Avoid Shaving Operative Site
In addition to the proper use of prophylactic antibiotics and good surgical technique, other factors under the control of the operative team have been demonstrated to affect significantly the risk of SSI. These other factors include avoiding hair removal at the operative site or when necessary, not using razors to remove hair. This preventive measure provides opportunities for improvement in most hospitals. 
  • Avoid hair removal unless necessary for the procedure.
  • When necessary, remove hair with clippers right before surgery - but not in the operating room itself.
  • Remove all razors from operating room and supply area.
  • Establish protocol for when and how to remove hair in affected areas.
  • Provide patient education and materials on appropriate hair removal techniques to prevent shaving at home.
  • Avoid shaving heart surgery patients for EKG conducted shortly before surgery. 
Maintain Postoperative Glucose Control for Major Cardiac Surgery Patients
​Review of medical literature shows that the degree of hyperglycemia in the postoperative period was correlated with the rate of surgical site infection in patients undergoing major cardiac surgery (Lthan. Infection Control and Hospital Epidemiology. 2001;22:607; Dellinger. Infection Control and Hospital Epidemiology. 2001;22:604). Other articles have demonstrated that stringent glucose control in surgical intensive care unit patients reduces mortality (Van den Berghe. New England Journal of Medicine. 2001;345:1359).

1."Glucose control" is defined as serum glucose levels below 200 mg/dl, collected once on each of the first two postoperative days.
2.Tight glycemic control (e.g., using an insulin drip) is often performed in an intensive care setting or equivalent for safety.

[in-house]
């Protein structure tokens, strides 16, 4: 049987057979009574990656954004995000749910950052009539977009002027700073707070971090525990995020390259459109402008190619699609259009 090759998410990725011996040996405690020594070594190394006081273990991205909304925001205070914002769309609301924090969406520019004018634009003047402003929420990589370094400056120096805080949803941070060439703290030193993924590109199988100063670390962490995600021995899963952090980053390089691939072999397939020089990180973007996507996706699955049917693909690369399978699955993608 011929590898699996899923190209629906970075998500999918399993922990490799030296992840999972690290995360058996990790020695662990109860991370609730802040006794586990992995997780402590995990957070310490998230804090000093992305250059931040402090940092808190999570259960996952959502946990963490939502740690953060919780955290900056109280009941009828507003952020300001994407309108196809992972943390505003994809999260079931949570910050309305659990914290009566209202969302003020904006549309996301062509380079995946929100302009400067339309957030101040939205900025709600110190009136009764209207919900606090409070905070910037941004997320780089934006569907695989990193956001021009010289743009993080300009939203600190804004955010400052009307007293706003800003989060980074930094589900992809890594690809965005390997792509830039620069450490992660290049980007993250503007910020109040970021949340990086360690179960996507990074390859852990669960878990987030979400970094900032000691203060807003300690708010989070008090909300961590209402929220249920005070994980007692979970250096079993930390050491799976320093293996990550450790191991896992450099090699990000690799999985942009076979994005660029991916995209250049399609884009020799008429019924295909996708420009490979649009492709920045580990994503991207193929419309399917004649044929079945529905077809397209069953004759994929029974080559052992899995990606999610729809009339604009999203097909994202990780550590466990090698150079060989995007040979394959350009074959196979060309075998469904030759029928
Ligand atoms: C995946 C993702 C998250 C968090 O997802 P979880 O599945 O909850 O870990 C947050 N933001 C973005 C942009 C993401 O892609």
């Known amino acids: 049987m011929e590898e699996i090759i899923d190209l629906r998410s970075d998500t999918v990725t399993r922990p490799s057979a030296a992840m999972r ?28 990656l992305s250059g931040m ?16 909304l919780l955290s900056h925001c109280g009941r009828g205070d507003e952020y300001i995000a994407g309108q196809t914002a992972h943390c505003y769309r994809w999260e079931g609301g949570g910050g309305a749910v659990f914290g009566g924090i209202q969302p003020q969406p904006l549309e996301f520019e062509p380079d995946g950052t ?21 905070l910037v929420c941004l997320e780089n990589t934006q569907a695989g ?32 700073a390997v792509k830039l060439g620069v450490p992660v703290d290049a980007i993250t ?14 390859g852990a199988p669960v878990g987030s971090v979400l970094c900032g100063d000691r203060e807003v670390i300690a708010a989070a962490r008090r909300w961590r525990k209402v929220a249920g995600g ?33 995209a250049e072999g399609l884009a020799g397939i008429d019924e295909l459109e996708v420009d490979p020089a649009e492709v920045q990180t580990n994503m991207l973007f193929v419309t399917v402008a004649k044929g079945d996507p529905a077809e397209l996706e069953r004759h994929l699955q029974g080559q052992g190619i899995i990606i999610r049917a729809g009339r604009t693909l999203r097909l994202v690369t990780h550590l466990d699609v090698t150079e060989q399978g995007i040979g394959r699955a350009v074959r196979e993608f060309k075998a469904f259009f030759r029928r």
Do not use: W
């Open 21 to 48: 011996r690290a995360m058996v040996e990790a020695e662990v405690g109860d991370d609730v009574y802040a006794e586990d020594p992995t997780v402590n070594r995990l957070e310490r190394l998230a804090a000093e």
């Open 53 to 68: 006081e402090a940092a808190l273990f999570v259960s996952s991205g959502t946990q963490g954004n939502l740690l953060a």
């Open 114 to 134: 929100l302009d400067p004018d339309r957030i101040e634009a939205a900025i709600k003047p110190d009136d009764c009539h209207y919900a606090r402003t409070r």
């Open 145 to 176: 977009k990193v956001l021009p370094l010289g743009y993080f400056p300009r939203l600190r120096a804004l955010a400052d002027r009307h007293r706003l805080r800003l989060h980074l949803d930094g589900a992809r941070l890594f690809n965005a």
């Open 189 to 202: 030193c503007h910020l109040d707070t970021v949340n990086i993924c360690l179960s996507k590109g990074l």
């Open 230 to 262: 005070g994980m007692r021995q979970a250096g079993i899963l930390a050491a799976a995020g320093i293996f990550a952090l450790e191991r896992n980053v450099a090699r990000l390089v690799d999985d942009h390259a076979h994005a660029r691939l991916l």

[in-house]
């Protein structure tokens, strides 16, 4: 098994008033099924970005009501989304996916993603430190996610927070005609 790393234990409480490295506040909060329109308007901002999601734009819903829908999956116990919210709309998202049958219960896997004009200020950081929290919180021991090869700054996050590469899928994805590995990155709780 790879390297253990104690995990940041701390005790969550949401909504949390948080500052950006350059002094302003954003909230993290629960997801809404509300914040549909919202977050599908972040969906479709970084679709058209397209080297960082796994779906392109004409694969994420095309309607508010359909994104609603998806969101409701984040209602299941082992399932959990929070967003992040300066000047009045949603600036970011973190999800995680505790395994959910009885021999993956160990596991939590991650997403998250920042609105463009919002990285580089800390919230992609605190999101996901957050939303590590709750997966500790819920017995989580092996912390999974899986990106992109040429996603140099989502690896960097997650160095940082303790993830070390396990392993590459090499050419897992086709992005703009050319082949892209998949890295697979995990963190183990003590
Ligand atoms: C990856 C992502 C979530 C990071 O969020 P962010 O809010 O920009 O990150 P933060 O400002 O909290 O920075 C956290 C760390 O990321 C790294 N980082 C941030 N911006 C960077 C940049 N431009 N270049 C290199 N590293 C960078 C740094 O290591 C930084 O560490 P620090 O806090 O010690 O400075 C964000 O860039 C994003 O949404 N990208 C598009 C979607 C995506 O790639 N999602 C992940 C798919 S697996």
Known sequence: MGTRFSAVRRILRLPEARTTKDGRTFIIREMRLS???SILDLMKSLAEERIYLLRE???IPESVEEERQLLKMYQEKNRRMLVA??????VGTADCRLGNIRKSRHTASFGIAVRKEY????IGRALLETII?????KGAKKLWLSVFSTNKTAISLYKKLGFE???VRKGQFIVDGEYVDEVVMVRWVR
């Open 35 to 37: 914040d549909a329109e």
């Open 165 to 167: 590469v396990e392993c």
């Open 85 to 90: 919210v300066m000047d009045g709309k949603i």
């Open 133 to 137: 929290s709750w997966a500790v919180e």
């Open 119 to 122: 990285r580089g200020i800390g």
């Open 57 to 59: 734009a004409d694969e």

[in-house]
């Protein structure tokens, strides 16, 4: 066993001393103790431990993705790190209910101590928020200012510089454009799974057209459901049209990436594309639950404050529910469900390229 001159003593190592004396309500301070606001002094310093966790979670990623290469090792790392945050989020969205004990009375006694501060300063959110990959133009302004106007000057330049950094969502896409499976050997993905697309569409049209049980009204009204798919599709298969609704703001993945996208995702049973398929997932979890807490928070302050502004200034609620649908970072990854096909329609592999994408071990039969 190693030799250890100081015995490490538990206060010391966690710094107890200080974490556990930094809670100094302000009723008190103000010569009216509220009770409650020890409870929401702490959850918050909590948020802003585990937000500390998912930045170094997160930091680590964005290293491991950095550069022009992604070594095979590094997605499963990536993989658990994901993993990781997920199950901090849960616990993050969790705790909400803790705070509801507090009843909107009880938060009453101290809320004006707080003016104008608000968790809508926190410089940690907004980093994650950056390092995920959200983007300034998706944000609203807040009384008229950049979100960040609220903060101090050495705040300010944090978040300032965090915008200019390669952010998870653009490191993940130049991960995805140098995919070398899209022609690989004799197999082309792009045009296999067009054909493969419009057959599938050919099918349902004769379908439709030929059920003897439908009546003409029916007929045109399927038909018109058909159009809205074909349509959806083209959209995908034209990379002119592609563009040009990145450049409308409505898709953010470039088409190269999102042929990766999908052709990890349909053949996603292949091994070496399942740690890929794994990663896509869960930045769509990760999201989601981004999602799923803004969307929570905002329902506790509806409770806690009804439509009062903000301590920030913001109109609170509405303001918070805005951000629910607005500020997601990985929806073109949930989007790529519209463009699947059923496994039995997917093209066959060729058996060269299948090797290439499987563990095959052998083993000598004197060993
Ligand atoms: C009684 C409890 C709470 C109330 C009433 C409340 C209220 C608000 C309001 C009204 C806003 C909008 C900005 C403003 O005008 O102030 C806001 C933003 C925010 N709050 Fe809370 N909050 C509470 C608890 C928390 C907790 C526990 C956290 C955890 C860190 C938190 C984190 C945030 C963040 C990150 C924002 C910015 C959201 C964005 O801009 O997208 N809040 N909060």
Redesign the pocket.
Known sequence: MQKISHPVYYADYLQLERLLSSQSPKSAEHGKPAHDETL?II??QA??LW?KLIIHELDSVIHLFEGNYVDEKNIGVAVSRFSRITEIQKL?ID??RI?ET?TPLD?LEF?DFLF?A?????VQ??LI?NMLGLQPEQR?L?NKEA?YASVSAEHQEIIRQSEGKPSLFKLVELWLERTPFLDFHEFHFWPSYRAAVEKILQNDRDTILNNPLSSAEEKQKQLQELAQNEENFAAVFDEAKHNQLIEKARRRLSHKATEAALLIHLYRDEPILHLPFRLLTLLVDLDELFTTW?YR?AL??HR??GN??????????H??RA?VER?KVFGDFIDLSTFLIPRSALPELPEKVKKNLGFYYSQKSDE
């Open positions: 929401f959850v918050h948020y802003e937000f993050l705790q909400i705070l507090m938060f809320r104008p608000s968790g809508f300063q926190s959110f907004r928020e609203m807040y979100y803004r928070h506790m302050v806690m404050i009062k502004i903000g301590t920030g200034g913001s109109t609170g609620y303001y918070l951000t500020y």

• Develop one protocol to be used for all surgical patients.
  • Regularly check preoperative blood glucose levels on all patients to identify hyperglycemia; this is best done early enough that the assessment of risk can be completed and treatment initiated if appropriate.
  • Assign responsibility and accountability for blood glucose monitoring and control
Use Basic Prevention Strategies from Category IA Center for Disease Control Recommendations
  • Exclude patients with prior infections.
  • Stop patient tobacco use prior to surgery.
  • Apply sterile dressing for 24–48 hr.
  • Shower with antiseptic soap.
  • Provide positive pressure ventilation in OR with at least 15 air changes/hr.
  • Keep OR doors closed.
  • Use sterile instruments.
  • Wear a mask.
  • Cover hair.
  • Prepare skin with appropriate agent.
  • Wear sterile gloves; double-glove.
  • Maintain short nails; remove artificial nails.
  • Handle tissue gently.
  • Ensure that surgeons/staff clean hands with appropriate agents and methods.
  • Delay primary closure for heavily contaminated wounds.
  • Exclude infected surgeons.
  • Use closed suction drains (when used)